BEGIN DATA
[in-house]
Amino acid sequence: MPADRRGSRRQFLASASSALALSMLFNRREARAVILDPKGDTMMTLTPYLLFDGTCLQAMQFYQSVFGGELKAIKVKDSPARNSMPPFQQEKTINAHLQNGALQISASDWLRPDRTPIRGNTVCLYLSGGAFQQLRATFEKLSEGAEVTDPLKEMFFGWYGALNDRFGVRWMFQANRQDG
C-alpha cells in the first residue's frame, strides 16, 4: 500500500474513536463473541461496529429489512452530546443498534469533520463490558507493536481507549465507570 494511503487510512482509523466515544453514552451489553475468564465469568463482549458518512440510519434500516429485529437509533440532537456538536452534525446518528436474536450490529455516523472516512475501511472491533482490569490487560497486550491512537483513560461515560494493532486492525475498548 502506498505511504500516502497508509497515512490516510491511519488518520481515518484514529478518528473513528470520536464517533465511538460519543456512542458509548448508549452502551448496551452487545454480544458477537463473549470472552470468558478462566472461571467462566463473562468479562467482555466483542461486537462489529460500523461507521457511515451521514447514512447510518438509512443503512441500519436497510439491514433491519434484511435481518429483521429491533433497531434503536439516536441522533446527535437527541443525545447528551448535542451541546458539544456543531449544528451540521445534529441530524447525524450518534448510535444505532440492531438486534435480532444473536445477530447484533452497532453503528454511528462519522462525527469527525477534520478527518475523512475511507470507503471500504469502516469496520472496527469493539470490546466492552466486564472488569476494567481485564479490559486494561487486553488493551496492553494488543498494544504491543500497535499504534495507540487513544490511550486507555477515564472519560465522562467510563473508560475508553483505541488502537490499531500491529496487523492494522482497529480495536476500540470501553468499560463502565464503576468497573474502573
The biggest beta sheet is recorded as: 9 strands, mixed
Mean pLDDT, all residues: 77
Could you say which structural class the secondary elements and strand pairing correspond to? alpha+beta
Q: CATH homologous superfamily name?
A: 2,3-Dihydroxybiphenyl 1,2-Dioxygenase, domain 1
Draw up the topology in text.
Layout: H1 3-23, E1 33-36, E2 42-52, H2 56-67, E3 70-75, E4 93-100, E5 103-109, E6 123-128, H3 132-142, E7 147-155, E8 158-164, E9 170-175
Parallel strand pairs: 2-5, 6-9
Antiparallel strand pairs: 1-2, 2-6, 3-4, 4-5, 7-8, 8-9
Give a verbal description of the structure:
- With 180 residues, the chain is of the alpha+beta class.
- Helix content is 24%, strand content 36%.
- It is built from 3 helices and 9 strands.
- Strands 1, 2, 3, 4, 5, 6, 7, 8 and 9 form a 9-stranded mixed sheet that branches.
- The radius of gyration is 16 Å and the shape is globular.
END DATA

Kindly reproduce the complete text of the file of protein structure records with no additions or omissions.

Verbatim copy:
[in-house]
Amino acid sequence: MPADRRGSRRQFLASASSALALSMLFNRREARAVILDPKGDTMMTLTPYLLFDGTCLQAMQFYQSVFGGELKAIKVKDSPARNSMPPFQQEKTINAHLQNGALQISASDWLRPDRTPIRGNTVCLYLSGGAFQQLRATFEKLSEGAEVTDPLKEMFFGWYGALNDRFGVRWMFQANRQDG
C-alpha cells in the first residue's frame, strides 16, 4: 500500500474513536463473541461496529429489512452530546443498534469533520463490558507493536481507549465507570 494511503487510512482509523466515544453514552451489553475468564465469568463482549458518512440510519434500516429485529437509533440532537456538536452534525446518528436474536450490529455516523472516512475501511472491533482490569490487560497486550491512537483513560461515560494493532486492525475498548 502506498505511504500516502497508509497515512490516510491511519488518520481515518484514529478518528473513528470520536464517533465511538460519543456512542458509548448508549452502551448496551452487545454480544458477537463473549470472552470468558478462566472461571467462566463473562468479562467482555466483542461486537462489529460500523461507521457511515451521514447514512447510518438509512443503512441500519436497510439491514433491519434484511435481518429483521429491533433497531434503536439516536441522533446527535437527541443525545447528551448535542451541546458539544456543531449544528451540521445534529441530524447525524450518534448510535444505532440492531438486534435480532444473536445477530447484533452497532453503528454511528462519522462525527469527525477534520478527518475523512475511507470507503471500504469502516469496520472496527469493539470490546466492552466486564472488569476494567481485564479490559486494561487486553488493551496492553494488543498494544504491543500497535499504534495507540487513544490511550486507555477515564472519560465522562467510563473508560475508553483505541488502537490499531500491529496487523492494522482497529480495536476500540470501553468499560463502565464503576468497573474502573
The biggest beta sheet is recorded as: 9 strands, mixed
Mean pLDDT, all residues: 77
Could you say which structural class the secondary elements and strand pairing correspond to? alpha+beta
Q: CATH homologous superfamily name?
A: 2,3-Dihydroxybiphenyl 1,2-Dioxygenase, domain 1
Draw up the topology in text.
Layout: H1 3-23, E1 33-36, E2 42-52, H2 56-67, E3 70-75, E4 93-100, E5 103-109, E6 123-128, H3 132-142, E7 147-155, E8 158-164, E9 170-175
Parallel strand pairs: 2-5, 6-9
Antiparallel strand pairs: 1-2, 2-6, 3-4, 4-5, 7-8, 8-9
Give a verbal description of the structure:
- With 180 residues, the chain is of the alpha+beta class.
- Helix content is 24%, strand content 36%.
- It is built from 3 helices and 9 strands.
- Strands 1, 2, 3, 4, 5, 6, 7, 8 and 9 form a 9-stranded mixed sheet that branches.
- The radius of gyration is 16 Å and the shape is globular.